The Gordon sisters in an exhibition match, 1910. The film by Thomas Edison is one of the first to show women boxing. Library of Congress

Women’s boxing in Switzerland: A fight for equality

Around 1880, women here and there in Switzerland picked up boxing gloves for the first time. With their efforts initially dismissed as circus sideshows, women battled until the 1990s to be allowed to box competitively.

Michael Jucker

Michael Jucker

Michael Jucker is a sports historian, head of Swiss Sports History and co-director of the FCZ Museum.

Around the world, many different cultures can be found in which fighting with the fists is practiced as a sport, an art or a form of self-defence. Probably the best-known and most widespread type of pugilism is modern boxing, which has its origins in England and was first practised there under rules that generally still apply today. Boxing is still considered a masculine domain; it is male-dominated, brutal and, depending on your perspective, can be considered violent. Historically, though, the fairer sex has also shown a great deal of talent in boxing. Women have engaged in organised hand-to hand fighting since ancient times. However, this activity is very little studied and researched to date. This article outlines how women in Switzerland have fought, literally, to participate in boxing.
The first specific references to boxing women in Switzerland date to around 1880. Lausanne gymnastics and fencing teacher Louis Brun and his father-in-law, C. Reynold, offered boxing training sessions in grandes salles. But what they offered was a far cry from competitive boxing training; it was instruction for artistic boxing showpieces based on gymnastics, fencing and self-defence techniques. In accordance with the ‘natural’ and pseudo-scientifically supported gender perceptions prevalent at the time, women were encouraged to engage in this ‘gentle’ exercise for the benefit of their physical health (which referred primarily to childbearing in the service of the nation) and to ensure they developed into ‘graceful and elegant women’. Men too were encouraged, in line with this biologistic reasoning, to exercise for their health, so that they could pass on ‘valuable genes’. For men, taking care of their health signified strength and combat, and was aimed at helping them, as citizens and soldiers, to ensure the ‘survival of the people’. Accordingly, martial arts such as boxing were seen as ‘masculine’, while boxing women, on the other hand, would have risked damaging their ‘beauty’.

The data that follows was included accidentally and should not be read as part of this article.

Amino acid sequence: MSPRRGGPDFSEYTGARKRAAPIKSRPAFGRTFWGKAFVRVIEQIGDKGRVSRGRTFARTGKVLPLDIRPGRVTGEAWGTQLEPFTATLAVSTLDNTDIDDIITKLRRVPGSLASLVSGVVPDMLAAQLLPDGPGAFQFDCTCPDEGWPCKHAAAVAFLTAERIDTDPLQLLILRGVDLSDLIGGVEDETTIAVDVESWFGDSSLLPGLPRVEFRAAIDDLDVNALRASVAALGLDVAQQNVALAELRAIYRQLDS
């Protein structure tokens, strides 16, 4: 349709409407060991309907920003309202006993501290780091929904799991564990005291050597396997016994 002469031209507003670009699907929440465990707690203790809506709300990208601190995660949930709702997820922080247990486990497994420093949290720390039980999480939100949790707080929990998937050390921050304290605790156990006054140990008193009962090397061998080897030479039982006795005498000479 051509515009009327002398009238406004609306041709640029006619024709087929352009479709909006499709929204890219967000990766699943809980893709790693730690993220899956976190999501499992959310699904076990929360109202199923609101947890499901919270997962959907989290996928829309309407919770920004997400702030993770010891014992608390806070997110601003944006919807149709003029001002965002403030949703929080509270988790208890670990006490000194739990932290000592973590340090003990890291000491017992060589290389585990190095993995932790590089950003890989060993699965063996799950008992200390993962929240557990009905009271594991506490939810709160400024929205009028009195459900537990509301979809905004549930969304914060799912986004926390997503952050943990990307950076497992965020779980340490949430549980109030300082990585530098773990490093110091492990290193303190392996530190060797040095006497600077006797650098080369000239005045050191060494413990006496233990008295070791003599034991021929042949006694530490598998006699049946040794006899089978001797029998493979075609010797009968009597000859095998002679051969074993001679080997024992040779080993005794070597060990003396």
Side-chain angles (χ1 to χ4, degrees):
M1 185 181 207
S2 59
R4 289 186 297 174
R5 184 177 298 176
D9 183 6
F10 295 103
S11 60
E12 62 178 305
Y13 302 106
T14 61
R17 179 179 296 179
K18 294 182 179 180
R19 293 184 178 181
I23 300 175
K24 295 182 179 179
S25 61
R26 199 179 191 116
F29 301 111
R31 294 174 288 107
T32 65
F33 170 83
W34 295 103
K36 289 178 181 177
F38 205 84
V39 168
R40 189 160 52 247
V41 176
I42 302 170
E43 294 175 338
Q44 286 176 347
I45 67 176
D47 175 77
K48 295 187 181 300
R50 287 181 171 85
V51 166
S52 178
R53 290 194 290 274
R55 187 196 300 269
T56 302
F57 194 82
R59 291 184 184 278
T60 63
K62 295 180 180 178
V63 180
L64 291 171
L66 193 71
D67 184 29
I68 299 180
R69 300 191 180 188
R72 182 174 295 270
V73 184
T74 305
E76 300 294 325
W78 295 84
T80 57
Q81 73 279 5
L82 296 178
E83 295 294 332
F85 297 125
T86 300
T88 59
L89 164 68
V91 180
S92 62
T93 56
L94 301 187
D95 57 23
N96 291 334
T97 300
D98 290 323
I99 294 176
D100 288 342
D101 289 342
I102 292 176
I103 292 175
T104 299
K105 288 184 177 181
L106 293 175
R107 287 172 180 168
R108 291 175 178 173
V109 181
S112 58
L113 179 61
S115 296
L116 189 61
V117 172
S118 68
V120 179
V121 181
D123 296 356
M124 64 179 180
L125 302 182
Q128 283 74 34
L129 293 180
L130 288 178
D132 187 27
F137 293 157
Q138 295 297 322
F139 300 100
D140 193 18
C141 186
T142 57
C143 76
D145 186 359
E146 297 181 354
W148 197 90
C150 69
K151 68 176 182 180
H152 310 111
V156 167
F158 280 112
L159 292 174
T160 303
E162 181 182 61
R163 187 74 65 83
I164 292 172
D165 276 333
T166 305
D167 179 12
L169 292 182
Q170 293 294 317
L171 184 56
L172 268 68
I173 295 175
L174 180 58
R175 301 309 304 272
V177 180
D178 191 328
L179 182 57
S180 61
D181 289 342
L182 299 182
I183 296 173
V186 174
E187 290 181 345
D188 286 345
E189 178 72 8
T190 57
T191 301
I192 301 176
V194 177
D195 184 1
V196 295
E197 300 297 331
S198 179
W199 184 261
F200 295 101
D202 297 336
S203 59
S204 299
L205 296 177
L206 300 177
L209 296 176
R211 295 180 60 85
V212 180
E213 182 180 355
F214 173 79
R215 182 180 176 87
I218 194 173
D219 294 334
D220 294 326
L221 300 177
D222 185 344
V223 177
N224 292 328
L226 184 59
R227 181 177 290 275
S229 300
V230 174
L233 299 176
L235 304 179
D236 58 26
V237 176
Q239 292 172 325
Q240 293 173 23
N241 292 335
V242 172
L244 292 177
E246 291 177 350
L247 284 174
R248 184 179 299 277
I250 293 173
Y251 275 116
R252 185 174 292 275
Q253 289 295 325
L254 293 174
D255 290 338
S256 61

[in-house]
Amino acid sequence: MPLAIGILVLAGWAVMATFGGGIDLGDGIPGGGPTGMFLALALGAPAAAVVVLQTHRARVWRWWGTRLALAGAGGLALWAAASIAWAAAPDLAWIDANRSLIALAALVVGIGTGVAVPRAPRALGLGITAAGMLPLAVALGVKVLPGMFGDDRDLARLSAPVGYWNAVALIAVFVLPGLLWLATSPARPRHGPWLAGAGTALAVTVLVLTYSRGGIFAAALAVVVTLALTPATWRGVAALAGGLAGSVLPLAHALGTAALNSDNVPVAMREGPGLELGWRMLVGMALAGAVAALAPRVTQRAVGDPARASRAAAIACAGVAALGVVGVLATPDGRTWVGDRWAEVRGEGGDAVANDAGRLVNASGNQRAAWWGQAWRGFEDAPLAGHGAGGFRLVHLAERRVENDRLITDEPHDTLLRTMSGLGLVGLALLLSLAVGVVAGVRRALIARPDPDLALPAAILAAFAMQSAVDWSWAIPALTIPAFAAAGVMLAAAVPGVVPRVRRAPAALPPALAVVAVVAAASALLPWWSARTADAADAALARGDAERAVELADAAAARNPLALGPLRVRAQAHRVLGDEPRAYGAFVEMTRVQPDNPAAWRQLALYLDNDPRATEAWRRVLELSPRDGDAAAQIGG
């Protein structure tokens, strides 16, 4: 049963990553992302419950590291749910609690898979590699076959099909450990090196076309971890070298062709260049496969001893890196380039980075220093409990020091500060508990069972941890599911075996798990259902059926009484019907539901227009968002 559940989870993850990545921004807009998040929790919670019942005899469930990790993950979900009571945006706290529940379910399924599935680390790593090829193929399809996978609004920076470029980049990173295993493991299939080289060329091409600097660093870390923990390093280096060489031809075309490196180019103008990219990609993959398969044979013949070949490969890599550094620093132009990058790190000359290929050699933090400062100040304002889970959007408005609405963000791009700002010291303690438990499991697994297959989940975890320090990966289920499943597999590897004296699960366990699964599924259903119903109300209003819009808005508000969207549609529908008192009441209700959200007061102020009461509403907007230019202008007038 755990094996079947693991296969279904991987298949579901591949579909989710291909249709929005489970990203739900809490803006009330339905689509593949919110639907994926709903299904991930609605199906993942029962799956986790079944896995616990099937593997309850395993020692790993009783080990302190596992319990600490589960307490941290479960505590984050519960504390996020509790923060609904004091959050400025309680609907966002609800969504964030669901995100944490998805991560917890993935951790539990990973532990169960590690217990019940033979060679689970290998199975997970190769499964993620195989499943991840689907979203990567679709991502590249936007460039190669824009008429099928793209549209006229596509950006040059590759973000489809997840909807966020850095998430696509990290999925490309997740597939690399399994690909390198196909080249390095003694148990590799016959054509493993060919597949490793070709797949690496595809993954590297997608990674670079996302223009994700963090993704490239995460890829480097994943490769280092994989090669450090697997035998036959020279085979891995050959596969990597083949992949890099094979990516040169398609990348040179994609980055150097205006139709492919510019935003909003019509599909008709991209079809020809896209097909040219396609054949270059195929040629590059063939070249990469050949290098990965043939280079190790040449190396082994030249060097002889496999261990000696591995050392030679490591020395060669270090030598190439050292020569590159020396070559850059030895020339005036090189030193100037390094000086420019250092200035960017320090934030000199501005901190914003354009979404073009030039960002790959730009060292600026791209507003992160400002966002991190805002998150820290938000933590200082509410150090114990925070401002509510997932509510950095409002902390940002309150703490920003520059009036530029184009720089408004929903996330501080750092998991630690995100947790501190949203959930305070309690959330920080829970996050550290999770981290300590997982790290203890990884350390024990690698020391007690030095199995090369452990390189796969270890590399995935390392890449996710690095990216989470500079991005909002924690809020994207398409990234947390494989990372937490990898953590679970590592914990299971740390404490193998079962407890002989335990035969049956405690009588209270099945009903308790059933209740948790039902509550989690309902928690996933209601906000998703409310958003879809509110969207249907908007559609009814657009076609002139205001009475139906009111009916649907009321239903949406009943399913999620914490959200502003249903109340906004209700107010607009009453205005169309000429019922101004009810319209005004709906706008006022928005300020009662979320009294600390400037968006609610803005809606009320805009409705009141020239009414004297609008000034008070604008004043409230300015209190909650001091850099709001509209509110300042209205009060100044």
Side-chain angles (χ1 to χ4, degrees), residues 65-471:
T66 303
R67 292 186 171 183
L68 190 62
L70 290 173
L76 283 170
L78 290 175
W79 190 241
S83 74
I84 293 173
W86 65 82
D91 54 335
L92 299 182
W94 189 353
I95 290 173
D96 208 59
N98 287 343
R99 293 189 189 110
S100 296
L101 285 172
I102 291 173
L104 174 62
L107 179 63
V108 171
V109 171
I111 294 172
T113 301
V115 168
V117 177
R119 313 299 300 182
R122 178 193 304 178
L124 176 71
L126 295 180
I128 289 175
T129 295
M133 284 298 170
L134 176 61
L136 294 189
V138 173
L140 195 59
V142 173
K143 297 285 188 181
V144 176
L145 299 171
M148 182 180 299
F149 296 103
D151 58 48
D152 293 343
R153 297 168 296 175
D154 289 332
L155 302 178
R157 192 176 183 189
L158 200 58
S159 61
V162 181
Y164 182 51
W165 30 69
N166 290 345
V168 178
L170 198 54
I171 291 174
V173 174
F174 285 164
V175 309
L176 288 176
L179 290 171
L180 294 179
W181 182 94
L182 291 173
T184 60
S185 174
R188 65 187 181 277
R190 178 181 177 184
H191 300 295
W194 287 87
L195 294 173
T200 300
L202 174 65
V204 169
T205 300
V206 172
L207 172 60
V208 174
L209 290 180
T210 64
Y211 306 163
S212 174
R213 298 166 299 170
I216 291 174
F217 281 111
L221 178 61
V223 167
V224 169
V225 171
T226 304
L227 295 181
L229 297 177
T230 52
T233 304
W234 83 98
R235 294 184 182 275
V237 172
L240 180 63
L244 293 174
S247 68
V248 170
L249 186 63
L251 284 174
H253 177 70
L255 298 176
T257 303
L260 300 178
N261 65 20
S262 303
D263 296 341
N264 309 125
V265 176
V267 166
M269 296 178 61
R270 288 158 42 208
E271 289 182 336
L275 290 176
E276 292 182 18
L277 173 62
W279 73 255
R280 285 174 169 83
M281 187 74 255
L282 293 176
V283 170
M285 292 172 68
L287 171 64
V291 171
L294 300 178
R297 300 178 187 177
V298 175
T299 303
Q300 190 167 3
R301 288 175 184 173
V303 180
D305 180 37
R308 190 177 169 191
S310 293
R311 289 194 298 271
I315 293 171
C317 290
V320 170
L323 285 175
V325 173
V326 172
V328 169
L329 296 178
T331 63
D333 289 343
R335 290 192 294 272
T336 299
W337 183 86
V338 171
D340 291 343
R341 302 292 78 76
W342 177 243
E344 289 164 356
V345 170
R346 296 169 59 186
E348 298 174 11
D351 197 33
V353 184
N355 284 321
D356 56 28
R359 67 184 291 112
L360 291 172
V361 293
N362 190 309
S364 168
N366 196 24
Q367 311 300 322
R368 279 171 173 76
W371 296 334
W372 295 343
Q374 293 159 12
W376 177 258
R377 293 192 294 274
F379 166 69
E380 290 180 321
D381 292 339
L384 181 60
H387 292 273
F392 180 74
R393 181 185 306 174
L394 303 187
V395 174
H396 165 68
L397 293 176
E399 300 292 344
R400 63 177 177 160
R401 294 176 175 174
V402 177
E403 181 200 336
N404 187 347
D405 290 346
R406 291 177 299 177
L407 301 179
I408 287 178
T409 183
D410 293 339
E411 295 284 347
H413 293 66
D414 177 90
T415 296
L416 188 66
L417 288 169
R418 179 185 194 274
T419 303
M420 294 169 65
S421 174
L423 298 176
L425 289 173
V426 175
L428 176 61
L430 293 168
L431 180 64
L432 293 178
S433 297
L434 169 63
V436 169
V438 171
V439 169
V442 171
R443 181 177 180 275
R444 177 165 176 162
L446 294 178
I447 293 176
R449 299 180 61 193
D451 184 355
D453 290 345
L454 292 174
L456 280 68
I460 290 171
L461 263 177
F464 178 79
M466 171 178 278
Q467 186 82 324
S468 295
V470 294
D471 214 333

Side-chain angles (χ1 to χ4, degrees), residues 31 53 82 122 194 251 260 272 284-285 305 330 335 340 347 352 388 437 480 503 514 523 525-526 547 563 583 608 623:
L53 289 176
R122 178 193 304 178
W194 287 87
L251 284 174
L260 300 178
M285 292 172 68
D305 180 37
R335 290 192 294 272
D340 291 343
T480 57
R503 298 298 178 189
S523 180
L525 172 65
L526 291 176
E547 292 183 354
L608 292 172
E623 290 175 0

Certificate for a January 1905 course with Louis Brun.
Certificate for a January 1905 course with Louis Brun. Archives cantonales vaudoises
Miss Sanderson
Miss Sanderson was the wife of Pierre Vigny, who ran a martial arts school in Geneva from the 1890s. In a self-defence advertising campaign by Vigny’s school in 1908, she was referred to as ‘boxing champion’, so she was probably one of the first few female boxers in Switzerland. The Bartitstu Society
By 1910, a number of other boxing academies for a female clientele had been established in French-speaking Switzerland. But they were a peripheral phenomenon within Switzerland’s sporting and gymnastics community. As a result, the earliest female boxers were often the wives or daughters of boxing coaches. Subsequently the academies focused, interestingly, on gymnastics and dance. The nascent discipline of female boxing as a specific activity gradually disappeared. It’s impossible to say definitively why this happened, but there were parallel developments that may have played a part in boxing women being sidelined and forced out.
The founding of the Swiss Boxing Association (SBV) in 1912, for example, played a key role in defining what ‘boxing’ should be understood to mean in Switzerland: a martial art organised on the basis of the English model, exclusively for men. In addition to the prevailing ideas of gender mentioned above, the SBV’s rules were closely aligned to international and national developments. International competence was provided by the International Olympic Committee (IOC), which likewise only included men’s boxing in its programme, while the impetus at national level came from state institutions; the army and police incorporated boxing into their training programmes. Taken together, all of these developments favoured and reinforced the masculine character of boxing; any publicising or support of women’s boxing would probably have had negative consequences attached to it both socially and economically.
In the United States, too, women’s boxing started out as a spectacle for entertainment. Like the Gordon sisters, the Bennett sisters fought for the amusement of the audience, as part of circus performances.